Beans to bar, artisan chocolates, handcrafted chocolates or whatever you call it has been gaining popularity in our region for the past two years. Using typical kitchen equipment and tools, anyone can make their own unique chocolate from cacao beans. My first experience with beans to bar chocolates was with Chocolate Academy, a course conducted by Chef Jean Marie Auboine from Las Vegas on 23rd September 2017.
Having been in the chocolate manufacturing industry for past 15 years, I was fascinated by what beans to bar was all about. So…what is beans to bar? In a nutshell, it is simply handmaking a small batch of chocolate from cacao beans. Each step of the chocolate making process is carefully controlled from bean selection, sorting, roasting, cracking, winnowing, ingredient mixing and conching to moulding. What is most interesting is that you can bring out the distinct, unique taste and aroma of a single bean origin from the chocolate. Ingredients used are often few and natural. No dutching or alkalising processes are carried out, unlike in commercial chocolates! Characteristics of a piece of bean to bar chocolate are so different from the commercial chocolates you’ve seen on supermarket shelves. Due to the small amount produced and time consuming process, beans to bar chocolates are not cheap. A 70g beans to bar chocolate bar can cost between USD3-5!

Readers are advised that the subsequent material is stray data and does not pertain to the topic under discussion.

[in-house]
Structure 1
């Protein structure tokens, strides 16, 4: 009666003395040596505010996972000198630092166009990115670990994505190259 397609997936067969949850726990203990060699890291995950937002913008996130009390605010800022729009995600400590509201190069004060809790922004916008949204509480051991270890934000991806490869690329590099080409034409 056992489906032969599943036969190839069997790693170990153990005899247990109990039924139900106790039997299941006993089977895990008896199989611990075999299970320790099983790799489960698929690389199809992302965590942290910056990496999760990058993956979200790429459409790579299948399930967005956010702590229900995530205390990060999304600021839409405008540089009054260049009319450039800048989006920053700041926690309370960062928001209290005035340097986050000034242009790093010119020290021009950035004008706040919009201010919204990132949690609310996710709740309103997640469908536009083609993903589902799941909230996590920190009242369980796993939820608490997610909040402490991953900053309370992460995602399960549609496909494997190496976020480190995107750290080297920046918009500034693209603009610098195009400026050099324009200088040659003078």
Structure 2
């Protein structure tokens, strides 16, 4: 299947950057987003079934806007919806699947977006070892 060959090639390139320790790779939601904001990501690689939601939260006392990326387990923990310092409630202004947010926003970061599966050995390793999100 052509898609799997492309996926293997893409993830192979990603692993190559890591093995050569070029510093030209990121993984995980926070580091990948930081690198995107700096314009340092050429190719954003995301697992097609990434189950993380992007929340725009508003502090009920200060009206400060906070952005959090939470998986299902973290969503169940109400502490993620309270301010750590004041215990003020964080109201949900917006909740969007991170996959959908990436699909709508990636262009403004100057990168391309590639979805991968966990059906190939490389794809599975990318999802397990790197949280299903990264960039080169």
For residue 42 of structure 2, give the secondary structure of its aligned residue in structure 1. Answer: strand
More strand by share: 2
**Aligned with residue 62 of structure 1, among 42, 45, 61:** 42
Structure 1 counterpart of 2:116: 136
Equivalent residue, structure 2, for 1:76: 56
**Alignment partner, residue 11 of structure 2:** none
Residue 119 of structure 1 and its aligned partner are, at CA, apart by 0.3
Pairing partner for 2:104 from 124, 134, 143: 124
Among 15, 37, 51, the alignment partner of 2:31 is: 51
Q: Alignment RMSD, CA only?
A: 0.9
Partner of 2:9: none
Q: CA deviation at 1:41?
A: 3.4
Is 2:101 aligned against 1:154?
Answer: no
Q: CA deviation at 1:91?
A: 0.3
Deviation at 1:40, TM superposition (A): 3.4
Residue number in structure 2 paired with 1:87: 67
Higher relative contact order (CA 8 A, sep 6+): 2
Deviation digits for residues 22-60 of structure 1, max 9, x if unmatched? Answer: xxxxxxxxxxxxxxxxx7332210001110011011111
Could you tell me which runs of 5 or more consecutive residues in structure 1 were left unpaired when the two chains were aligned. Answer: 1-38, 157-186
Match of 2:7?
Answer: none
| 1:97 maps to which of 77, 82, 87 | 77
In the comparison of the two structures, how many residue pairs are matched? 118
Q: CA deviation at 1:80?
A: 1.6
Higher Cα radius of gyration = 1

During our course, we had the opportunity to try out cacao beans from Philippines, Madagascar, Indonesia, Costa Rico, Venezuela, India, Tanzania & Ecuador. We made a wide variety of chocolate, from dark chocolate to milk chocolate of different cacao content. Each chocolate made from each bean origin has its own unique taste, from fruity, astringent, acidic, woody and earthy – some even has a coffee taste (not artificially induced) – my taste buds had stopped working halfway through the tasting session. Nevertheless, it was a great learning experience.